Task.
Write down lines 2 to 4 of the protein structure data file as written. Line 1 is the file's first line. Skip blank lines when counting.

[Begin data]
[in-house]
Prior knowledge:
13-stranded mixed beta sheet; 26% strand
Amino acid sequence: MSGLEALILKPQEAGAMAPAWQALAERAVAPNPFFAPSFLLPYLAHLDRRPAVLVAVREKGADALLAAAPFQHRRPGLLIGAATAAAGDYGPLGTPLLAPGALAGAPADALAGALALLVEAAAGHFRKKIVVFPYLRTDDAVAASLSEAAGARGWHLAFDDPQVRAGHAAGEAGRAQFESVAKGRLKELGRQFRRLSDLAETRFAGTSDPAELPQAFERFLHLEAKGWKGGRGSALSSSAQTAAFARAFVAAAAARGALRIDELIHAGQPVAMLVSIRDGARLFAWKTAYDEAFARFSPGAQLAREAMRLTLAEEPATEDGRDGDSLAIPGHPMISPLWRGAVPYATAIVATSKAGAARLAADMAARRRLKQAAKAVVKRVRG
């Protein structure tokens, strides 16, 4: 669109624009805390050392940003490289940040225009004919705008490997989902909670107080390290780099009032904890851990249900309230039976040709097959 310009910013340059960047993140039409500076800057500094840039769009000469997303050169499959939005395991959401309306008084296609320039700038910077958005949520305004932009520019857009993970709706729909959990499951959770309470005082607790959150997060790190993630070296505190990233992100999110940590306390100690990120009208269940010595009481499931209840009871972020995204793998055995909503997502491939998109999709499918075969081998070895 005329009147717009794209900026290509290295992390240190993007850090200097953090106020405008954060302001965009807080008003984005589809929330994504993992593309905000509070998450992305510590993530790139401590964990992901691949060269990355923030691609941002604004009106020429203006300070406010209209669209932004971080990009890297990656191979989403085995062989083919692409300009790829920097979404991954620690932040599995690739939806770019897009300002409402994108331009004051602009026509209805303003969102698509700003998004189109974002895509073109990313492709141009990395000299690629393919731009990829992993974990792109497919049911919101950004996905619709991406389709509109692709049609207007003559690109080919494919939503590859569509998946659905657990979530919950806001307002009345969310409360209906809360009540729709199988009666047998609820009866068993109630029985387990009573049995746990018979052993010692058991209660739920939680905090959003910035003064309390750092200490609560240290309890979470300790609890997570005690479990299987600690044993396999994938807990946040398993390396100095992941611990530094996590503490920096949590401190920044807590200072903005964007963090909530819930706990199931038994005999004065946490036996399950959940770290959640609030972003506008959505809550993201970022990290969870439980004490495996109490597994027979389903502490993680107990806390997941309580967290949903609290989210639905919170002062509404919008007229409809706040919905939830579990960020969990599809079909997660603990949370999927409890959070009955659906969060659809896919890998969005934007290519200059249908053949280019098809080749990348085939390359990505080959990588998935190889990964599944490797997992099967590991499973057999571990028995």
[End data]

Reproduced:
Prior knowledge:
13-stranded mixed beta sheet; 26% strand
Amino acid sequence: MSGLEALILKPQEAGAMAPAWQALAERAVAPNPFFAPSFLLPYLAHLDRRPAVLVAVREKGADALLAAAPFQHRRPGLLIGAATAAAGDYGPLGTPLLAPGALAGAPADALAGALALLVEAAAGHFRKKIVVFPYLRTDDAVAASLSEAAGARGWHLAFDDPQVRAGHAAGEAGRAQFESVAKGRLKELGRQFRRLSDLAETRFAGTSDPAELPQAFERFLHLEAKGWKGGRGSALSSSAQTAAFARAFVAAAAARGALRIDELIHAGQPVAMLVSIRDGARLFAWKTAYDEAFARFSPGAQLAREAMRLTLAEEPATEDGRDGDSLAIPGHPMISPLWRGAVPYATAIVATSKAGAARLAADMAARRRLKQAAKAVVKRVRG